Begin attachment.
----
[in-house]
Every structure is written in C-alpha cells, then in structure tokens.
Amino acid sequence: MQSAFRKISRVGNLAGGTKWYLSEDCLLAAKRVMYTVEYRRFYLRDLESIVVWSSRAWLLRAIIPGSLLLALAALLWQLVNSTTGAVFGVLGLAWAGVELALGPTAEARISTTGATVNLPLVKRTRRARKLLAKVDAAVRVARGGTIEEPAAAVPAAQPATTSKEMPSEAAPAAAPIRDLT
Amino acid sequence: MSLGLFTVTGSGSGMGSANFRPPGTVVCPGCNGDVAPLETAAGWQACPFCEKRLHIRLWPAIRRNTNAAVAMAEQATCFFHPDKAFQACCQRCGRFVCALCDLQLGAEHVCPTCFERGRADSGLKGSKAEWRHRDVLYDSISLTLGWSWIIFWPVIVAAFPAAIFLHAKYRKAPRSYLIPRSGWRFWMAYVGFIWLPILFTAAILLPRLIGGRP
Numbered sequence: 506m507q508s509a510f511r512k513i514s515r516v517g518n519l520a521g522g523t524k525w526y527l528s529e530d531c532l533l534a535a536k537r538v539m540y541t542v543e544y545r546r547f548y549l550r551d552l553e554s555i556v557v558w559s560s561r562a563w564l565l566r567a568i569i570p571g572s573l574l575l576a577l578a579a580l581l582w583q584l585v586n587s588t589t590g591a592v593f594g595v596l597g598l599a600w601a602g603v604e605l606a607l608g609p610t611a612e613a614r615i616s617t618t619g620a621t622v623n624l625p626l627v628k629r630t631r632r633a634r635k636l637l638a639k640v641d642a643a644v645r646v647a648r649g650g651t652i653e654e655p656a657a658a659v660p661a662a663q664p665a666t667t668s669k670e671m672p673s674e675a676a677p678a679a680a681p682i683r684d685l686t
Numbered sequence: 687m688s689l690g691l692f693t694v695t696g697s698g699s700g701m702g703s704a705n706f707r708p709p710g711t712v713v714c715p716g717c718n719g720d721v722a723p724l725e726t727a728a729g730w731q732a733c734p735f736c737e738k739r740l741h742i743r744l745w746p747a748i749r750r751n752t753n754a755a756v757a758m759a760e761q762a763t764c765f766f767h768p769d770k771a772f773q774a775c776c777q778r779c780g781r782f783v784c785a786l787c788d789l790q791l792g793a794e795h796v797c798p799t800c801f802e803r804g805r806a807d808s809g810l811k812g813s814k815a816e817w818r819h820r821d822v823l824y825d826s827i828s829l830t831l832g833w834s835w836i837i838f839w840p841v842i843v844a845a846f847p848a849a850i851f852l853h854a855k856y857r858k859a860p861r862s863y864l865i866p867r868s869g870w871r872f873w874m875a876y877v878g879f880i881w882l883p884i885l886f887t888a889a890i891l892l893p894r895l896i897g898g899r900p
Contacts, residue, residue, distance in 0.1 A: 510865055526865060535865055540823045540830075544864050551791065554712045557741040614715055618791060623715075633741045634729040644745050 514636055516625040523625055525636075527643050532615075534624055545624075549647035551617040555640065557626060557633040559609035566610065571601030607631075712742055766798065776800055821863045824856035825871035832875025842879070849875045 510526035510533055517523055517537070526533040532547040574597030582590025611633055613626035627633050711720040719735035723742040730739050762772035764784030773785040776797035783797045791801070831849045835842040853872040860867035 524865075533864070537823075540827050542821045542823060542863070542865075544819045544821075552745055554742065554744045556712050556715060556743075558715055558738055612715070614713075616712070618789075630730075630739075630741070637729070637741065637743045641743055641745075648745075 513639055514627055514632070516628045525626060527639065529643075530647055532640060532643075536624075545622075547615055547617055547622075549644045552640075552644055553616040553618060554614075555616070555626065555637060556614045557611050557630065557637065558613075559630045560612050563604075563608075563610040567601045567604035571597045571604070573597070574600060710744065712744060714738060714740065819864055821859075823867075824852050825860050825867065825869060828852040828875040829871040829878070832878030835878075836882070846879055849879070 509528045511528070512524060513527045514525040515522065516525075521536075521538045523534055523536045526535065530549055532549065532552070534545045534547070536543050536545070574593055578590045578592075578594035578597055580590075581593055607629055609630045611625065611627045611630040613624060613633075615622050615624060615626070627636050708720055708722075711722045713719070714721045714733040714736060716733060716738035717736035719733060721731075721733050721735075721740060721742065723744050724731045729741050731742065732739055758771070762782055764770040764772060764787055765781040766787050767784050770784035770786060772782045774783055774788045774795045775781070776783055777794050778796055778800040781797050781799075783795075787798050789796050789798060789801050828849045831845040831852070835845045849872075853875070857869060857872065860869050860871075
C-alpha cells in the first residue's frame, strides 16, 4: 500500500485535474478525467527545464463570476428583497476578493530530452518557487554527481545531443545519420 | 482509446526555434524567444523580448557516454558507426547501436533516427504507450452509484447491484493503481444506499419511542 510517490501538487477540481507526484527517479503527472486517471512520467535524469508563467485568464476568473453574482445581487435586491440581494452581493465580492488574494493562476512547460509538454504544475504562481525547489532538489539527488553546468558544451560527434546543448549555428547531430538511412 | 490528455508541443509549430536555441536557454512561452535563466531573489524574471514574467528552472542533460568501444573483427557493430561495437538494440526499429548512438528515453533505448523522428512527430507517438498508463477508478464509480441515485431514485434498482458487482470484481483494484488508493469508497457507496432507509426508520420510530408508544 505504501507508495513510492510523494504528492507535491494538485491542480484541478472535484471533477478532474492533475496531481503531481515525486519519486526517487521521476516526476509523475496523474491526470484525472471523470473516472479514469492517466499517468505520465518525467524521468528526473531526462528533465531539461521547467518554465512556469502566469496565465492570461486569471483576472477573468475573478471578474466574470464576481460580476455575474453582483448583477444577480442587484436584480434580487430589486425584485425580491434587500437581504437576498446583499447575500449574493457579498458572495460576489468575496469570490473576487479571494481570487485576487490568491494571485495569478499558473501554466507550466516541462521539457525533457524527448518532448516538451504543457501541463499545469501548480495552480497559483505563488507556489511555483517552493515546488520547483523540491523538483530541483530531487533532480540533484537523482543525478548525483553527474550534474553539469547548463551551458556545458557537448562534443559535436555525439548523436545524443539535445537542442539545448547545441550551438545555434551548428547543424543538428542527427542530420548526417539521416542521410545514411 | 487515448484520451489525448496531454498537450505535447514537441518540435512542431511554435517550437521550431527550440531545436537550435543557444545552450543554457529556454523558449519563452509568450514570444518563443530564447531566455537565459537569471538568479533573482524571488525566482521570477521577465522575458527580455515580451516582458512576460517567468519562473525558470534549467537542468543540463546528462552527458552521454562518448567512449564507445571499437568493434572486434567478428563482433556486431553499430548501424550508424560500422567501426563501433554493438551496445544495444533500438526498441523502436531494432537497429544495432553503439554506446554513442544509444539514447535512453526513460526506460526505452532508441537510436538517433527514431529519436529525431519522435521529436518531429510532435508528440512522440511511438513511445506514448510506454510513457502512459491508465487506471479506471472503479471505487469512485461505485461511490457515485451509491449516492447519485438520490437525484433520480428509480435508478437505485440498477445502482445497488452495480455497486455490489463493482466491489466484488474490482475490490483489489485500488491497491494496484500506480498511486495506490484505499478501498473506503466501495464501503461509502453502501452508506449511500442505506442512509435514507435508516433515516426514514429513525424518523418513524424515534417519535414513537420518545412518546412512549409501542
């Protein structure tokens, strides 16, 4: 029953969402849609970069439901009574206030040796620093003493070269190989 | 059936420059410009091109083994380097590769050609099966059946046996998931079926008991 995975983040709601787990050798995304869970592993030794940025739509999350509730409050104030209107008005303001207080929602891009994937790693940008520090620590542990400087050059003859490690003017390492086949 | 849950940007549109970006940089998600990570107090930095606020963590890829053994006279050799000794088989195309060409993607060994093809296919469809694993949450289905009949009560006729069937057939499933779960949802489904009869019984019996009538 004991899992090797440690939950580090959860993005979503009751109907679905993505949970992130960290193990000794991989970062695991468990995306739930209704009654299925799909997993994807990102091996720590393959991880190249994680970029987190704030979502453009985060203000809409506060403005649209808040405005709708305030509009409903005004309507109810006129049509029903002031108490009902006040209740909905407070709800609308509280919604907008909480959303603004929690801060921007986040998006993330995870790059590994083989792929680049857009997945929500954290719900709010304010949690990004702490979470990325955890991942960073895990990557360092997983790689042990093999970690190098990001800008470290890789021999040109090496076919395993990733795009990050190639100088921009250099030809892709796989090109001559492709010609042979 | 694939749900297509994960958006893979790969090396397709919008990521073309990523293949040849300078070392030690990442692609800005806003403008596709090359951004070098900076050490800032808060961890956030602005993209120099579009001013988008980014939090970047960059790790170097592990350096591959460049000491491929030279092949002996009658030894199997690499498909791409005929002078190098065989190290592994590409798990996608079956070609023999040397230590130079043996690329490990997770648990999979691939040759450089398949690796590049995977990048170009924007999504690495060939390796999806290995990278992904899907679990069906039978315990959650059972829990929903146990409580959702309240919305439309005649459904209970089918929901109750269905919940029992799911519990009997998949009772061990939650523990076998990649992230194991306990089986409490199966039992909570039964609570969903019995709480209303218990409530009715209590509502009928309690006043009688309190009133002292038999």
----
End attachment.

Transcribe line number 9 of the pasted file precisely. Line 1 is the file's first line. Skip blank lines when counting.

């Protein structure tokens, strides 16, 4: 029953969402849609970069439901009574206030040796620093003493070269190989 | 059936420059410009091109083994380097590769050609099966059946046996998931079926008991 995975983040709601787990050798995304869970592993030794940025739509999350509730409050104030209107008005303001207080929602891009994937790693940008520090620590542990400087050059003859490690003017390492086949 | 849950940007549109970006940089998600990570107090930095606020963590890829053994006279050799000794088989195309060409993607060994093809296919469809694993949450289905009949009560006729069937057939499933779960949802489904009869019984019996009538 004991899992090797440690939950580090959860993005979503009751109907679905993505949970992130960290193990000794991989970062695991468990995306739930209704009654299925799909997993994807990102091996720590393959991880190249994680970029987190704030979502453009985060203000809409506060403005649209808040405005709708305030509009409903005004309507109810006129049509029903002031108490009902006040209740909905407070709800609308509280919604907008909480959303603004929690801060921007986040998006993330995870790059590994083989792929680049857009997945929500954290719900709010304010949690990004702490979470990325955890991942960073895990990557360092997983790689042990093999970690190098990001800008470290890789021999040109090496076919395993990733795009990050190639100088921009250099030809892709796989090109001559492709010609042979 | 694939749900297509994960958006893979790969090396397709919008990521073309990523293949040849300078070392030690990442692609800005806003403008596709090359951004070098900076050490800032808060961890956030602005993209120099579009001013988008980014939090970047960059790790170097592990350096591959460049000491491929030279092949002996009658030894199997690499498909791409005929002078190098065989190290592994590409798990996608079956070609023999040397230590130079043996690329490990997770648990999979691939040759450089398949690796590049995977990048170009924007999504690495060939390796999806290995990278992904899907679990069906039978315990959650059972829990929903146990409580959702309240919305439309005649459904209970089918929901109750269905919940029992799911519990009997998949009772061990939650523990076998990649992230194991306990089986409490199966039992909570039964609570969903019995709480209303218990409530009715209590509502009928309690006043009688309190009133002292038999």